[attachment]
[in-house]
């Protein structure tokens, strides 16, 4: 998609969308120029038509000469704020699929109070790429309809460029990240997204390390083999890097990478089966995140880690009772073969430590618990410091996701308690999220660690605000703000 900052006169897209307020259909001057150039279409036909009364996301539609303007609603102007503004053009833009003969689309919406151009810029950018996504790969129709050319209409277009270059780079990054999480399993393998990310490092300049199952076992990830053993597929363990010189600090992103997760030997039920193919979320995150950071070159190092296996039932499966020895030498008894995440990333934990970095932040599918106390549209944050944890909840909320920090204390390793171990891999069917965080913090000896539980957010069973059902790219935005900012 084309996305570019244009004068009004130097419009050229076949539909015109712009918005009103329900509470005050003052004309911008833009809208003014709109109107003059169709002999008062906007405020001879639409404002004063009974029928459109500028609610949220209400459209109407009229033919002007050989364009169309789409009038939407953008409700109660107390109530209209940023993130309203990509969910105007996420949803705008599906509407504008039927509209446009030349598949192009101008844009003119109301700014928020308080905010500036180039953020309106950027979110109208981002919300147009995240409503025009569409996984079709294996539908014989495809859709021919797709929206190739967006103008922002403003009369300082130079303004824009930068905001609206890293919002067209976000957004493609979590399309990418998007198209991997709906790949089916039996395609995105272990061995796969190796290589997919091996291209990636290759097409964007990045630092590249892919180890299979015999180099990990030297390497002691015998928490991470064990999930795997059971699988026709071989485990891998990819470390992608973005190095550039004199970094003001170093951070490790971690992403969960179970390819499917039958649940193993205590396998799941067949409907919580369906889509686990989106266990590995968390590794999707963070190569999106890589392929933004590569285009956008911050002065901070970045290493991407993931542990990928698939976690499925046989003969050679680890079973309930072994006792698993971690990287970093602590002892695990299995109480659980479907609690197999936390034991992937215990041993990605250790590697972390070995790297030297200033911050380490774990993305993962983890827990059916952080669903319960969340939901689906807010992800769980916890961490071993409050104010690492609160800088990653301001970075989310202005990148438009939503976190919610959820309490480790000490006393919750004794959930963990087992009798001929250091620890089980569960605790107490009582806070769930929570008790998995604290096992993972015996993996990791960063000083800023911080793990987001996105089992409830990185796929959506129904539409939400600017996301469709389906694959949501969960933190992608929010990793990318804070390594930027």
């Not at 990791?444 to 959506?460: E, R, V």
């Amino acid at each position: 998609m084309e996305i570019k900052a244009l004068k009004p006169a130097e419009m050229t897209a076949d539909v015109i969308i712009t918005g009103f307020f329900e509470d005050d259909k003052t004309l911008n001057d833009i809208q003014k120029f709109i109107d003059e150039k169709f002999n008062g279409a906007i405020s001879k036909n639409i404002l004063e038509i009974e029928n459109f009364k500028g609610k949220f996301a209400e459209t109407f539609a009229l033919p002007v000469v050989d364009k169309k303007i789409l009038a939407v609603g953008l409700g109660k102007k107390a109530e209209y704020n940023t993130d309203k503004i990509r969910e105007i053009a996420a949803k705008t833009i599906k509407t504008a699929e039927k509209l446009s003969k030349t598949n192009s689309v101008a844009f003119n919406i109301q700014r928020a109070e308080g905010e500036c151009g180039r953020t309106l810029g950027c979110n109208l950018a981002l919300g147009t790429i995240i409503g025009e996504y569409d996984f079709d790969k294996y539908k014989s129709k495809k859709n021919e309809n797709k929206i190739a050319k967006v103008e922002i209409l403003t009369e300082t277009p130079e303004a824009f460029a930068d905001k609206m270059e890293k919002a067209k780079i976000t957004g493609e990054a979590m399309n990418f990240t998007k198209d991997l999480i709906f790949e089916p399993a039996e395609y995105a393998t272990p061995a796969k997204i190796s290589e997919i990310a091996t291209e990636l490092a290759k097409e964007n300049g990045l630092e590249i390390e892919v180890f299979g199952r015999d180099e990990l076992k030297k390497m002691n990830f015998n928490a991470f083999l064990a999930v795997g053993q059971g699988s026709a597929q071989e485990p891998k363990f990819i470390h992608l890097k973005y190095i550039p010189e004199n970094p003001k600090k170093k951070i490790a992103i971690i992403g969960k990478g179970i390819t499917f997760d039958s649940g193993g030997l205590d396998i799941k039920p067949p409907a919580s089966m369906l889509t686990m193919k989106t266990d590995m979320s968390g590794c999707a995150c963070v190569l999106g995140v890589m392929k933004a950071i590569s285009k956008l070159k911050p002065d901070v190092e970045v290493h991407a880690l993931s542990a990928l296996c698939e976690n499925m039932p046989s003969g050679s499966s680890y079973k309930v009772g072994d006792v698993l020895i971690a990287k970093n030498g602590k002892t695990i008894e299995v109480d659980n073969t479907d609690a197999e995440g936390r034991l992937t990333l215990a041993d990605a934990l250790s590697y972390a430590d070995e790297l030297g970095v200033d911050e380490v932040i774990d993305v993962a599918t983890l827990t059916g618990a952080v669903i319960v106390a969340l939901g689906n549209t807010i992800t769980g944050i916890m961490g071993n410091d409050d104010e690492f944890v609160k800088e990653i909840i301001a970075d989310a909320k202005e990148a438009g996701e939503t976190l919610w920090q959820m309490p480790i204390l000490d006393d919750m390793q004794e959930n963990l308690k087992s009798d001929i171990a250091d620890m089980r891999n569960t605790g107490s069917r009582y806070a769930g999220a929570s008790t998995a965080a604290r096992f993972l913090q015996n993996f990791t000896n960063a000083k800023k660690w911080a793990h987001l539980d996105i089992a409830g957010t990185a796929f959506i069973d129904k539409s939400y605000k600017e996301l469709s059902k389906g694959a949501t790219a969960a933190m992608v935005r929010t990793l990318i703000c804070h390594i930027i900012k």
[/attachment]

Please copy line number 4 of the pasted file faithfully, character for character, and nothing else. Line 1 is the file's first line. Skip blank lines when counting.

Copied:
């Amino acid at each position: 998609m084309e996305i570019k900052a244009l004068k009004p006169a130097e419009m050229t897209a076949d539909v015109i969308i712009t918005g009103f307020f329900e509470d005050d259909k003052t004309l911008n001057d833009i809208q003014k120029f709109i109107d003059e150039k169709f002999n008062g279409a906007i405020s001879k036909n639409i404002l004063e038509i009974e029928n459109f009364k500028g609610k949220f996301a209400e459209t109407f539609a009229l033919p002007v000469v050989d364009k169309k303007i789409l009038a939407v609603g953008l409700g109660k102007k107390a109530e209209y704020n940023t993130d309203k503004i990509r969910e105007i053009a996420a949803k705008t833009i599906k509407t504008a699929e039927k509209l446009s003969k030349t598949n192009s689309v101008a844009f003119n919406i109301q700014r928020a109070e308080g905010e500036c151009g180039r953020t309106l810029g950027c979110n109208l950018a981002l919300g147009t790429i995240i409503g025009e996504y569409d996984f079709d790969k294996y539908k014989s129709k495809k859709n021919e309809n797709k929206i190739a050319k967006v103008e922002i209409l403003t009369e300082t277009p130079e303004a824009f460029a930068d905001k609206m270059e890293k919002a067209k780079i976000t957004g493609e990054a979590m399309n990418f990240t998007k198209d991997l999480i709906f790949e089916p399993a039996e395609y995105a393998t272990p061995a796969k997204i190796s290589e997919i990310a091996t291209e990636l490092a290759k097409e964007n300049g990045l630092e590249i390390e892919v180890f299979g199952r015999d180099e990990l076992k030297k390497m002691n990830f015998n928490a991470f083999l064990a999930v795997g053993q059971g699988s026709a597929q071989e485990p891998k363990f990819i470390h992608l890097k973005y190095i550039p010189e004199n970094p003001k600090k170093k951070i490790a992103i971690i992403g969960k990478g179970i390819t499917f997760d039958s649940g193993g030997l205590d396998i799941k039920p067949p409907a919580s089966m369906l889509t686990m193919k989106t266990d590995m979320s968390g590794c999707a995150c963070v190569l999106g995140v890589m392929k933004a950071i590569s285009k956008l070159k911050p002065d901070v190092e970045v290493h991407a880690l993931s542990a990928l296996c698939e976690n499925m039932p046989s003969g050679s499966s680890y079973k309930v009772g072994d006792v698993l020895i971690a990287k970093n030498g602590k002892t695990i008894e299995v109480d659980n073969t479907d609690a197999e995440g936390r034991l992937t990333l215990a041993d990605a934990l250790s590697y972390a430590d070995e790297l030297g970095v200033d911050e380490v932040i774990d993305v993962a599918t983890l827990t059916g618990a952080v669903i319960v106390a969340l939901g689906n549209t807010i992800t769980g944050i916890m961490g071993n410091d409050d104010e690492f944890v609160k800088e990653i909840i301001a970075d989310a909320k202005e990148a438009g996701e939503t976190l919610w920090q959820m309490p480790i204390l000490d006393d919750m390793q004794e959930n963990l308690k087992s009798d001929i171990a250091d620890m089980r891999n569960t605790g107490s069917r009582y806070a769930g999220a929570s008790t998995a965080a604290r096992f993972l913090q015996n993996f990791t000896n960063a000083k800023k660690w911080a793990h987001l539980d996105i089992a409830g957010t990185a796929f959506i069973d129904k539409s939400y605000k600017e996301l469709s059902k389906g694959a949501t790219a969960a933190m992608v935005r929010t990793l990318i703000c804070h390594i930027i900012k």